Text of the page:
Alabama DOT Wants to Gouge a Highway Through This Historic Town Center

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North Eufaula Avenue, the heart of Eufaula, Alabama’s historic town center, is under threat by the Alabama DOT. Photo: Robin McDonald

The town of Eufaula, Alabama, population 13,000, is known for its historic buildings. Stately mansions, giant live oak heavy with Spanish moss — it’s exactly the type of place that comes to mind when you picture Southern small-town charm.

Every year the city hosts a home tour called the Eufaula pilgrimage, which culminates with the grand mansions on North Eufaula Avenue. That event and other cultural tourism brings millions of dollars to the local economy every year.

Which is why many residents were horrified when the Alabama Department of Transportation came to town in November and announced it would be widening North Eufaula Avenue, through the heart of the historic district. Widening the road from two lanes to four would cut into the roots of the stately oaks and make this historic small-town street feel like a high-speed freeway.

Doug Purcell, a long-time resident and board member of the Eufaula Heritage Association, has been leading the local campaign against the project. The state of Alabama has tried to widen the road three times in the 42 years he’s lived there, and he’s fought back every time.

“North Eufaula Avenue defines the special character of Eufaula,” he said. “It’s Eufaula’s front porch and one of its showcases.”

Purcell and other activists gathered 6,000 signatures opposing the widening.

Alabama construction crews began construction on North Eufaula Avenue, against locals' wishes, Tuesday. Photo: Zoe Powell

Crews began construction on North Eufaula Avenue, against locals’ wishes, last Tuesday. Photo: Zoe Powell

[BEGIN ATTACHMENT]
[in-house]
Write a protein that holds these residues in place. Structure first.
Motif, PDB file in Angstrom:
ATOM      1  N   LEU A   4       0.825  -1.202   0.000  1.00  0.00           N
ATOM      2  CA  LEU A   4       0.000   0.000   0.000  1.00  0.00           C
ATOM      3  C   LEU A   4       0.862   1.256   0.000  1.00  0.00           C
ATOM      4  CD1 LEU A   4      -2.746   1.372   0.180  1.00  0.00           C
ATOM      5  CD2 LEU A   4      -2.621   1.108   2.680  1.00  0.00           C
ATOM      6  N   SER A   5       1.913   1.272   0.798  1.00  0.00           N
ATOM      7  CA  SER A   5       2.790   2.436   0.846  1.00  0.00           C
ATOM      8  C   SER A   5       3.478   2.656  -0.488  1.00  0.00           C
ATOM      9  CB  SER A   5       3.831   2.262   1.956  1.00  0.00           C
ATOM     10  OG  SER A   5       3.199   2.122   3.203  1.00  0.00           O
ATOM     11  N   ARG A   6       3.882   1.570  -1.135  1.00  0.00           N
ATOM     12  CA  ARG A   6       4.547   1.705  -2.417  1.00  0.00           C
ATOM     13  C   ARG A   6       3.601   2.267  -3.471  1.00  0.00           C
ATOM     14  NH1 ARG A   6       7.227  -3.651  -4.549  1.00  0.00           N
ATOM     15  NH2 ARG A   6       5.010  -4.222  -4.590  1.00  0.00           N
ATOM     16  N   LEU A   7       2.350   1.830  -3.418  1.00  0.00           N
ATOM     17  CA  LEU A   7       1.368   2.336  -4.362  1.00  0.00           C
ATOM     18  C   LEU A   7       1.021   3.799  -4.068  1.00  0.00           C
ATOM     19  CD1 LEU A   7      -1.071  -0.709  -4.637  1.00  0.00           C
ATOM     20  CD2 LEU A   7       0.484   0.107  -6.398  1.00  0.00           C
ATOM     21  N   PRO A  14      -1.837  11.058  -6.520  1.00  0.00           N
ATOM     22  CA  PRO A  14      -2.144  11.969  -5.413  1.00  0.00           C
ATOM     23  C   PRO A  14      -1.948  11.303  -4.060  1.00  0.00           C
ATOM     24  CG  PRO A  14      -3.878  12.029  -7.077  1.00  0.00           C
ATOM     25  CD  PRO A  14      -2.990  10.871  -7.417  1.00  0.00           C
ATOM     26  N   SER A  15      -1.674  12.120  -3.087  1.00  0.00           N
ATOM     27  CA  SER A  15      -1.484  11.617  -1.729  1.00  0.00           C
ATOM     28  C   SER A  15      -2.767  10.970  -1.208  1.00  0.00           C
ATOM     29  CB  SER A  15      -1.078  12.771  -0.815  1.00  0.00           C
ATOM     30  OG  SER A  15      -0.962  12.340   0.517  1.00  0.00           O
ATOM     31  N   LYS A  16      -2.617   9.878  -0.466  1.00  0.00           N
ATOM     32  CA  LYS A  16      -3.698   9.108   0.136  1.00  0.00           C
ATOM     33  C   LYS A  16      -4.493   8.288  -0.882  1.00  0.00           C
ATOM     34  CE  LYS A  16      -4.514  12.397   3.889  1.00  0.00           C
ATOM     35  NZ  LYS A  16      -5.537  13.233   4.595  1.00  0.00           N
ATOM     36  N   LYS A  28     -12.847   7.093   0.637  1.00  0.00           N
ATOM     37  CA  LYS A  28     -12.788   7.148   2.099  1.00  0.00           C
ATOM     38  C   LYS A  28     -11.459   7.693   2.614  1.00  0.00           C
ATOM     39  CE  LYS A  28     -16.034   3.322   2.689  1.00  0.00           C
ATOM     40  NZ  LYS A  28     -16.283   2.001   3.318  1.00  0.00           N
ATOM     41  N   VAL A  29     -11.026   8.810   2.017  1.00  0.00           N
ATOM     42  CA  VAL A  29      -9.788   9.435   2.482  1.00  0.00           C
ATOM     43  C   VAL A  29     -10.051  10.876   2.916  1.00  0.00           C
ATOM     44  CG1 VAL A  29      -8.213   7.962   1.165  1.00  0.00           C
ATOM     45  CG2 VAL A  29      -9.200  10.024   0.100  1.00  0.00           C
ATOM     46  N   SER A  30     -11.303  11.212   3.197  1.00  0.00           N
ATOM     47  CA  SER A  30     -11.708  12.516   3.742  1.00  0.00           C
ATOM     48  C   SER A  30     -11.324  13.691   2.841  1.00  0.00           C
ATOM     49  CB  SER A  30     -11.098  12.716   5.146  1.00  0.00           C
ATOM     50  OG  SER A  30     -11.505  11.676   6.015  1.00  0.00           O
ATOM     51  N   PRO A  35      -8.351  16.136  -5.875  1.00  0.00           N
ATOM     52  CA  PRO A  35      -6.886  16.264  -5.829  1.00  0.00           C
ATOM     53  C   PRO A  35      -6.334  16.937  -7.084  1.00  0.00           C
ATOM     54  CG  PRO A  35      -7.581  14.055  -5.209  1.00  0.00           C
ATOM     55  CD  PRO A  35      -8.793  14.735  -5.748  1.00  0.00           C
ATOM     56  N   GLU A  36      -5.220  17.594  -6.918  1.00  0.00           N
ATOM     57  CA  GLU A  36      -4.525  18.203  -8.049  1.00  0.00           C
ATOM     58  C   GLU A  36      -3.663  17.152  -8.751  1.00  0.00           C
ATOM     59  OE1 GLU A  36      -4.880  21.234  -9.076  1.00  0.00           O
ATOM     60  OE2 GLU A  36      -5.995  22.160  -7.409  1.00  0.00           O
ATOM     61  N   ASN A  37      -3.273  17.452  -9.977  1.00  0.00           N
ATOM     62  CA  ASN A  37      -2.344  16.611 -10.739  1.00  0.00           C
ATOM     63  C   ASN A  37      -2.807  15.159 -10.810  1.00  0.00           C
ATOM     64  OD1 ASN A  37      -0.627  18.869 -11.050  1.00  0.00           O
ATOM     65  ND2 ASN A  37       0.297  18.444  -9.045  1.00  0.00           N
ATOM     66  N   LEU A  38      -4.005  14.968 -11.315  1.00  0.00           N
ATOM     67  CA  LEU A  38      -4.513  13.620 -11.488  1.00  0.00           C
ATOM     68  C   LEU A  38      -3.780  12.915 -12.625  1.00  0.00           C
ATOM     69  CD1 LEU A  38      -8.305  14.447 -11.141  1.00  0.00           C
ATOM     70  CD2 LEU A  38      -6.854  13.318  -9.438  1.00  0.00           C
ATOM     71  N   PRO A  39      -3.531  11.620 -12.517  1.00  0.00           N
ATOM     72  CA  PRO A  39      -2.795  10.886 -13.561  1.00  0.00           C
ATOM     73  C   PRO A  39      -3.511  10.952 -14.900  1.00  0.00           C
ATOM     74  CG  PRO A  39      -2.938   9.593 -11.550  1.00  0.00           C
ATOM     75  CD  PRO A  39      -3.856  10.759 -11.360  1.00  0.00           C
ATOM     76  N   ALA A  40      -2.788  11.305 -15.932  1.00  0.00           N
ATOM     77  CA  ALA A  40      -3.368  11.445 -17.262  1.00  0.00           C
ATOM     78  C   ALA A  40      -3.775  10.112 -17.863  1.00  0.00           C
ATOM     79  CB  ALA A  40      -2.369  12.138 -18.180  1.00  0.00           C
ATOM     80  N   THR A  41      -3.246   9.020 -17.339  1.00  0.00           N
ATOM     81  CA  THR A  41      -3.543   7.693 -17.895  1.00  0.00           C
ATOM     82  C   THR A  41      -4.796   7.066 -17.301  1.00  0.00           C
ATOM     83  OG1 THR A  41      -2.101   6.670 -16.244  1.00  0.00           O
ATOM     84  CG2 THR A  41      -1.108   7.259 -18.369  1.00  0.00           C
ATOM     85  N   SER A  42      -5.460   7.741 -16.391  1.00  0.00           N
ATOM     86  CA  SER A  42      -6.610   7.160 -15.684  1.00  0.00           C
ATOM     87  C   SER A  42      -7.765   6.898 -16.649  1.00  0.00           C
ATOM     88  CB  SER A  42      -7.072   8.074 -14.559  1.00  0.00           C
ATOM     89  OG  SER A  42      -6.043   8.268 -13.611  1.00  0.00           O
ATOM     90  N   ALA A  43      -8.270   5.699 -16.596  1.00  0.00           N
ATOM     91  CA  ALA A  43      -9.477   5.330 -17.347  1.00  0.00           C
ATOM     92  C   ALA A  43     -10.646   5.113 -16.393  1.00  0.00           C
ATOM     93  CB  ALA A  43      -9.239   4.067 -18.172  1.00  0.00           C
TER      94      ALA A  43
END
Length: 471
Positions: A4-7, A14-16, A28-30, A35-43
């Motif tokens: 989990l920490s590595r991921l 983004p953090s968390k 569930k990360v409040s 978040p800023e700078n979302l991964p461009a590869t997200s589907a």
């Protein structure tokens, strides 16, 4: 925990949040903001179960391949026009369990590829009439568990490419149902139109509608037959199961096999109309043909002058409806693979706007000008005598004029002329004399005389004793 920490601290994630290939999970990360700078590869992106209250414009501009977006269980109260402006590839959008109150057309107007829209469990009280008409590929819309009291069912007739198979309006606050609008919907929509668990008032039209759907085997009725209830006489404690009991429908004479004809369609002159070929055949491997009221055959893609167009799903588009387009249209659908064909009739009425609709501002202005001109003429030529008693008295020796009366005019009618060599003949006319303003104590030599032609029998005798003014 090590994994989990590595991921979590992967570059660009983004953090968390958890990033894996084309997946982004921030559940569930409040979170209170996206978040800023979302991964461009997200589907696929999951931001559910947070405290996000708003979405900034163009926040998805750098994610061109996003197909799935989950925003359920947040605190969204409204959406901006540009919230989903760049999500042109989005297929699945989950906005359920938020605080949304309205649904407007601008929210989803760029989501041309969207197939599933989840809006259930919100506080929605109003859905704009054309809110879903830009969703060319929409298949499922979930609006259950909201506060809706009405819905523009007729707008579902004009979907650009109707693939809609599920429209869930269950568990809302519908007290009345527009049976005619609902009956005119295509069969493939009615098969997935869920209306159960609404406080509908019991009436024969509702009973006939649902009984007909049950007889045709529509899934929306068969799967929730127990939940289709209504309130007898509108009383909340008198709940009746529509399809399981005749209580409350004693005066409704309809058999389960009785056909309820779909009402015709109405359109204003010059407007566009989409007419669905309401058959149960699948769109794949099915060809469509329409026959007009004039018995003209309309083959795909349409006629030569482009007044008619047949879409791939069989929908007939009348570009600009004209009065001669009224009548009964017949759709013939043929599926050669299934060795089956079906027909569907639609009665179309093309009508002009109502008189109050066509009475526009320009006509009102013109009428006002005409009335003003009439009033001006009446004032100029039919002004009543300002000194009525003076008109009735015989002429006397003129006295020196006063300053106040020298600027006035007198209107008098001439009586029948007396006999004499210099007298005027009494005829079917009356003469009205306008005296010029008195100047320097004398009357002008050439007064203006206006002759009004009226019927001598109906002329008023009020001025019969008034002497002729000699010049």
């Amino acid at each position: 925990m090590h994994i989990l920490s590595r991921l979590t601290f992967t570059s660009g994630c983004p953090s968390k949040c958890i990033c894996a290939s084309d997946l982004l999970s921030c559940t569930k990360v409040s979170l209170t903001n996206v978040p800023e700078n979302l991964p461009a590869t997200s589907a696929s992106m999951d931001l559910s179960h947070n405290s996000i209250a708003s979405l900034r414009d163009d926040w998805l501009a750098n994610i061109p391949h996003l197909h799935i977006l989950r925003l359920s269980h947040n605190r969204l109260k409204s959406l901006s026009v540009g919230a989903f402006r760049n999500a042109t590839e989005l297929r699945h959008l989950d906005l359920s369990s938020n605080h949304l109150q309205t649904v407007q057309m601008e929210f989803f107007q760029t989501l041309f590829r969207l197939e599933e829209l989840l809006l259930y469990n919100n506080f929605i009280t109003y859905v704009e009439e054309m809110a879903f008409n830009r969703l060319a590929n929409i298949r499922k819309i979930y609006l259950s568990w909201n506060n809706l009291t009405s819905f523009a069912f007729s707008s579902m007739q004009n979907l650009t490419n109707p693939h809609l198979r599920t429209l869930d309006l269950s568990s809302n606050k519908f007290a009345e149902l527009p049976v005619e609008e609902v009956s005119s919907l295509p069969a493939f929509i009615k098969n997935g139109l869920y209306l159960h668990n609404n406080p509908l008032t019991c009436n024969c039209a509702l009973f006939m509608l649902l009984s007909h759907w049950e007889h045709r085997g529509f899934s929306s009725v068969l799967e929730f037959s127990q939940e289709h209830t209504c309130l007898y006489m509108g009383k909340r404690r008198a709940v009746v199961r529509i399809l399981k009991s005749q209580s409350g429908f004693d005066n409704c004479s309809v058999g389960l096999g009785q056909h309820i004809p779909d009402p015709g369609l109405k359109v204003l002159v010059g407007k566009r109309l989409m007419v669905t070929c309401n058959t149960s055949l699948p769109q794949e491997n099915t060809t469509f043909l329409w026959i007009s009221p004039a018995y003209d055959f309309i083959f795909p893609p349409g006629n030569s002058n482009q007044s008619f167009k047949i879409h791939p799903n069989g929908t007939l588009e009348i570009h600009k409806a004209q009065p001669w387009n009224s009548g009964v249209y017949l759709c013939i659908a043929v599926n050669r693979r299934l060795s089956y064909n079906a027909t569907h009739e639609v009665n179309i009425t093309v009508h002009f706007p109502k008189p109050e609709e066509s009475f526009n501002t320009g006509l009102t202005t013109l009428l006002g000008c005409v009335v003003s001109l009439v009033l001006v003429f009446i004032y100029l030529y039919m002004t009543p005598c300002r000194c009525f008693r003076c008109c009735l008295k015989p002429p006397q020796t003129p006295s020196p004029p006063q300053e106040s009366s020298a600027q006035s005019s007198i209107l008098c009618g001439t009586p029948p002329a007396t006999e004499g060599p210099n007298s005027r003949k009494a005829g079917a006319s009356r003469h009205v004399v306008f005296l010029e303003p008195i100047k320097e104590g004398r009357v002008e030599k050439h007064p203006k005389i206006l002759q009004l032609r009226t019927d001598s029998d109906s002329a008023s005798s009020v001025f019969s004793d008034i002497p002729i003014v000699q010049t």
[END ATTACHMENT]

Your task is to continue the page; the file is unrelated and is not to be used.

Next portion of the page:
Alabama DOT has not budged, however. The agency wants to widen the road because U.S. Route 431 is a popular north-south route to Alabama and Florida’s beaches. The town sits about equidistant between Atlanta and Panama City Beach.

During summer holiday weekends and around spring break, traffic backs up and drivers may wait up to half an hour to pass through the two-lane, three-quarter-mile stretch in the town center. Throughout the rest of the year, locals say there are no traffic problems.

Residents like Purcell preferred a bypass the state had been considering but abruptly abandoned in favor of the road widening last year, citing cost concerns. Purcell says the widening isn’t likely to solve the traffic problem, even though it will do permanent damage to the character the town.

“The problem are the 13 traffic lights that motorists have to navigate getting through Eufaula,” he said.

Last month, Eufaula residents and the city enlisted the Southern Environmental Law Center and filed suit against the DOT, alleging the state was inappropriately skirting historic preservation and environmental rules. The state has maintained that because the $1.3-million project will be funded with only state dollars and not any federal money, it is not required to meet federal regulations. The suit contends the road project should be considered part of a wider package of projects that are receiving some federal support.

The opponents are seeking a temporary injunction to halt construction. Meanwhile, the state of Alabama began construction two weeks ago and has begun pruning back branches of the giant oaks.

“It’s hard to fight a state organization with millions and millions of dollars at their disposal,” said Purcell. “It’s just the wrong thing for this particular community.”